The present invention is based on the object of providing a purification and concentration process and a corresponding apparatus with which the disadvantages of the prior art are eliminated. It is additionally intended to be possible to concentrate in particular nucleic acids, proteins and other charge-bearing molecules of predetermined degree of homology or predetermined binding affinity from a large volume.

SUMMARY OF THE INVENTION

According to the process of the invention, the object is achieved by the following steps:

a) preparation of a solution containing the first molecules,

b) contacting the solution with at least one electrode which is directly provided with a coating of second molecules having affinity for the first molecules, and

c) connecting the electrode to a means for generating an electric field to bring about a movement of the first molecules in the solution directed relative to the coating.

The electrode is expediently produced from an electrically conducting plastic. It can be a layer on an electrically nonconducting plastic support rod or a section, preferably terminal, of such a plastic support rod. It is also possible for the plastic support rod to be produced completely from electrically conducting plastic and to be provided with a handle element which is produced from an electrically nonconducting plastic and can be, for example, slipped on.

On exposure to the electric field there is utilization of the effect that the first molecules present in solution, for example nucleic acid molecules, are charge-bearing and thus able to move in the electric field. The second molecules, which due to exposure to the electric field have come into contact with or reach the direct vicinity of the coating, can bind to the first molecules thereon. Suitable binding in this case may be, in particular, ionic, covalent, hydrogen bonding or binding brought about by steric effects. No electric field may be applied while this binding is developing. The process according to the invention can be used not only when the first molecules are present in a solution. It is sufficient for the first molecules to be present in a matrix, for example gel, meat or the like, which permits migration thereof in the electric field.

BRIEF DESCRIPTION OF THE SEVERAL VIEWS OF THE DRAWING

Examples of the embodiments of the invention are explained by means of the drawing below wherein:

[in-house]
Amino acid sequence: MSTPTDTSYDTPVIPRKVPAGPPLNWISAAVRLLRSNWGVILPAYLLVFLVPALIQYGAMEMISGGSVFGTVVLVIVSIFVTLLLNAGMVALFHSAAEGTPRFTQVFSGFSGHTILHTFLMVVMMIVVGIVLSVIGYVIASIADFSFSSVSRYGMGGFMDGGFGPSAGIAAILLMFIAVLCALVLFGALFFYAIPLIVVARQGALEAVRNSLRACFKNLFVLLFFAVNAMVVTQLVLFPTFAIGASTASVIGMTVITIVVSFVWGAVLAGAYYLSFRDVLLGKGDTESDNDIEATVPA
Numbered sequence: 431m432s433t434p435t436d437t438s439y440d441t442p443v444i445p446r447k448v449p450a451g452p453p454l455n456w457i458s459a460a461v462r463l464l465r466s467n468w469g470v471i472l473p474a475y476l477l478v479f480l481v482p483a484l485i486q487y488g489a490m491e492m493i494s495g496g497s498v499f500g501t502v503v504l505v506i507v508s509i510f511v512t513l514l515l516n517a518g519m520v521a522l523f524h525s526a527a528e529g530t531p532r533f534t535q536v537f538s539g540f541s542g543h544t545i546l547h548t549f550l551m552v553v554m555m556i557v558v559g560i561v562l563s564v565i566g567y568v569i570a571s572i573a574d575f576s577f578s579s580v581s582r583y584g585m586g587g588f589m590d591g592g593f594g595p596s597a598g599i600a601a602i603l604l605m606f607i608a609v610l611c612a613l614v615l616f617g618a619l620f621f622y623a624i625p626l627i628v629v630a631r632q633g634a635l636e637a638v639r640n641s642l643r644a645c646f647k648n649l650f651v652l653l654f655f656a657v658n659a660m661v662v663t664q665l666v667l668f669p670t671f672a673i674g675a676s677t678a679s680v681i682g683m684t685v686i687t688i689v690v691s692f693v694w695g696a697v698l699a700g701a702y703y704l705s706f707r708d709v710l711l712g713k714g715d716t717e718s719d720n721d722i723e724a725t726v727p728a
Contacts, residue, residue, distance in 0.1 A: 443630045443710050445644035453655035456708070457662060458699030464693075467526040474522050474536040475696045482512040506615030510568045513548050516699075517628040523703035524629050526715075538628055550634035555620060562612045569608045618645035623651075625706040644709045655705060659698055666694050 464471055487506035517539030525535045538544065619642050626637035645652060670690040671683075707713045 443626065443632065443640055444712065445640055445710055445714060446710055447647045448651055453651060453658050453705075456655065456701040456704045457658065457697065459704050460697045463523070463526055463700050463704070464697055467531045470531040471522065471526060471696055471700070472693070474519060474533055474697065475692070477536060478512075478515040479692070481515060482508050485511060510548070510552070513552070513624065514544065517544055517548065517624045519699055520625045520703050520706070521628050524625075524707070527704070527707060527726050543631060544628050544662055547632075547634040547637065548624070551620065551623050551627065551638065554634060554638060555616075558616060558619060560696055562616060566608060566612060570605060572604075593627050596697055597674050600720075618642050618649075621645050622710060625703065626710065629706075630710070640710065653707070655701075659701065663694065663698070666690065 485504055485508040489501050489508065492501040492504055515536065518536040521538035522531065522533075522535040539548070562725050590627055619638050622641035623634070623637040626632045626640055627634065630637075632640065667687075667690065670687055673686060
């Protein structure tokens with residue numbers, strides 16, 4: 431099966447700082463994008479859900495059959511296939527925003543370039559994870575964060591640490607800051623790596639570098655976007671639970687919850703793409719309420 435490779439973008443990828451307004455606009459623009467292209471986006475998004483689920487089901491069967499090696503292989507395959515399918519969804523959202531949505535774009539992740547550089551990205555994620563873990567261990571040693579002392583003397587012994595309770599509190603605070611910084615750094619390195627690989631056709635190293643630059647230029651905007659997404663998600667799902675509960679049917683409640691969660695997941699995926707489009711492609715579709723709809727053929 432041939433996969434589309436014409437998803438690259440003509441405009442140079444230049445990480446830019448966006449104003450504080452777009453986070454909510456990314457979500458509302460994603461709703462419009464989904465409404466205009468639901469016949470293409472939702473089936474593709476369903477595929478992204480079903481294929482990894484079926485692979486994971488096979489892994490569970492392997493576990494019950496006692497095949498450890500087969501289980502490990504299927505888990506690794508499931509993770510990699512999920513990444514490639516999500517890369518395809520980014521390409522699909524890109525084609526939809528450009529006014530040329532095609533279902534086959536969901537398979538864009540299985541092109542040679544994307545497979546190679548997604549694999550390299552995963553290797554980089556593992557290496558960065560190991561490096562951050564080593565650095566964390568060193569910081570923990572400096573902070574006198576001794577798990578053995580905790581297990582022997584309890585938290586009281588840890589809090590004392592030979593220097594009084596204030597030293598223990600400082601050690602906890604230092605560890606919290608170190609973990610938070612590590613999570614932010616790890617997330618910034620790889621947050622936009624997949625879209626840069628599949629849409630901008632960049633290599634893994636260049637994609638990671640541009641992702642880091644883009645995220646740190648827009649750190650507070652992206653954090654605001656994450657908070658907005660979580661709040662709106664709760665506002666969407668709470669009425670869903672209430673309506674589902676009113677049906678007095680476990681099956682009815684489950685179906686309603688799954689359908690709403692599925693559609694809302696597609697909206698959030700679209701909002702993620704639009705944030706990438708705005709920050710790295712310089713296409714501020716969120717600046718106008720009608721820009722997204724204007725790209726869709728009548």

FIG. 1 is a diagrammatic cross-section through a first example of an electrode embodiment;

FIG. 2 is a diagrammatic cross-section through a second example of an electrode embodiment;

FIG. 3 is a perspective view according to FIG. 1;

FIG. 4 is a perspective view of a container with an electrode and a counter electrode;

FIG. 5 is a perspective view of a third example of an electrode embodiment.

DETAILED DESCRIPTION OF THE PREFERRED EMBODIMENTS

In one embodiment of the invention, the electric field is generated by applying a first voltage to the electrode so that it acts as anode to which first molecules bearing a negative charge, for example nucleic acid molecules, are attracted so that binding to the second molecules is achieved. In an alternative embodiment, the electric field is generated by applying a first voltage to the electrode so that it acts as cathode to which first molecules bearing a positive charge, for example proteins, are attracted so that binding to the second molecules is achieved.

It is regarded as particularly advantageous for the following step to be carried out in particular after the binding of the first to the second molecules:

d1) reversing the polarity and applying a second voltage so that the electrode acts as cathode from which first molecules bearing a negative charge, for example nucleic acids, are repelled.

As an alternative to this, the following step can be carried out in particular after the binding of the first to the second molecules:

d2) reversing the polarity and applying a second voltage so that the electrode acts as anode from which first molecules bearing a positive charge, for example proteins, are repelled.

Blockage of the coating can be prevented by steps d1) and d2). This is because it is possible, by suitable choice of the second voltage, to repel charge-bearing species which are not bound to the coating from the coating and thus improve access for further first molecules. It is additionally possible, by suitably increasing the second voltage, for particular charge-bearing first molecules to be specifically removed from the coating. It is also possible in this way to achieve selection of particular first molecules. This phenomenon is known as stringency of a hybridization reaction for nucleic acids.